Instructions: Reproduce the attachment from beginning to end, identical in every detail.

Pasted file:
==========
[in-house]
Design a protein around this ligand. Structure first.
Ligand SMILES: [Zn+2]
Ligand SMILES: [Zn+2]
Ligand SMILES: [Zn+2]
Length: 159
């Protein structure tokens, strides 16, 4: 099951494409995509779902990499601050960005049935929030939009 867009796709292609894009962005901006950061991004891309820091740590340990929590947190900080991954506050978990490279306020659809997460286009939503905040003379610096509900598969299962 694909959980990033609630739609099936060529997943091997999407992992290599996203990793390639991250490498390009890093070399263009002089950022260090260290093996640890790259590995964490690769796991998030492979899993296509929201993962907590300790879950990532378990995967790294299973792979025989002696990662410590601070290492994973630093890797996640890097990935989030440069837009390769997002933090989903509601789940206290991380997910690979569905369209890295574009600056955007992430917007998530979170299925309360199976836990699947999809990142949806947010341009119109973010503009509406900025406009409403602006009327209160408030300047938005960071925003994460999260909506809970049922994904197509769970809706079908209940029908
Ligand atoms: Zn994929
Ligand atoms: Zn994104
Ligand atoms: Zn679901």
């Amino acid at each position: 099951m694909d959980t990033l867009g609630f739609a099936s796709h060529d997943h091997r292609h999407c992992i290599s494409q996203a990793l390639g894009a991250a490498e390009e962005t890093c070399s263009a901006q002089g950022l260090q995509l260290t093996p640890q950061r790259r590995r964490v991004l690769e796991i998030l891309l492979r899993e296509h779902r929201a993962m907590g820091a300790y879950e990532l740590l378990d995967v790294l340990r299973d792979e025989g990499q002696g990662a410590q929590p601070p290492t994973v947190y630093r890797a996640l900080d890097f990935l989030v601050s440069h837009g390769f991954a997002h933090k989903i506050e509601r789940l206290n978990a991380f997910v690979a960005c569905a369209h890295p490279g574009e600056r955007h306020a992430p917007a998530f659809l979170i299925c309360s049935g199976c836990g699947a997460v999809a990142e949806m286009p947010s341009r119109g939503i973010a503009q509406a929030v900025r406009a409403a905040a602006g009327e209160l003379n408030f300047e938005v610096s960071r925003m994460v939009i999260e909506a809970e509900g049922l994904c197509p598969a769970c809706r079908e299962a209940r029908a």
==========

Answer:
[in-house]
Design a protein around this ligand. Structure first.
Ligand SMILES: [Zn+2]
Ligand SMILES: [Zn+2]
Ligand SMILES: [Zn+2]
Length: 159
């Protein structure tokens, strides 16, 4: 099951494409995509779902990499601050960005049935929030939009 867009796709292609894009962005901006950061991004891309820091740590340990929590947190900080991954506050978990490279306020659809997460286009939503905040003379610096509900598969299962 694909959980990033609630739609099936060529997943091997999407992992290599996203990793390639991250490498390009890093070399263009002089950022260090260290093996640890790259590995964490690769796991998030492979899993296509929201993962907590300790879950990532378990995967790294299973792979025989002696990662410590601070290492994973630093890797996640890097990935989030440069837009390769997002933090989903509601789940206290991380997910690979569905369209890295574009600056955007992430917007998530979170299925309360199976836990699947999809990142949806947010341009119109973010503009509406900025406009409403602006009327209160408030300047938005960071925003994460999260909506809970049922994904197509769970809706079908209940029908
Ligand atoms: Zn994929
Ligand atoms: Zn994104
Ligand atoms: Zn679901």
């Amino acid at each position: 099951m694909d959980t990033l867009g609630f739609a099936s796709h060529d997943h091997r292609h999407c992992i290599s494409q996203a990793l390639g894009a991250a490498e390009e962005t890093c070399s263009a901006q002089g950022l260090q995509l260290t093996p640890q950061r790259r590995r964490v991004l690769e796991i998030l891309l492979r899993e296509h779902r929201a993962m907590g820091a300790y879950e990532l740590l378990d995967v790294l340990r299973d792979e025989g990499q002696g990662a410590q929590p601070p290492t994973v947190y630093r890797a996640l900080d890097f990935l989030v601050s440069h837009g390769f991954a997002h933090k989903i506050e509601r789940l206290n978990a991380f997910v690979a960005c569905a369209h890295p490279g574009e600056r955007h306020a992430p917007a998530f659809l979170i299925c309360s049935g199976c836990g699947a997460v999809a990142e949806m286009p947010s341009r119109g939503i973010a503009q509406a929030v900025r406009a409403a905040a602006g009327e209160l003379n408030f300047e938005v610096s960071r925003m994460v939009i999260e909506a809970e509900g049922l994904c197509p598969a769970c809706r079908e299962a209940r029908a």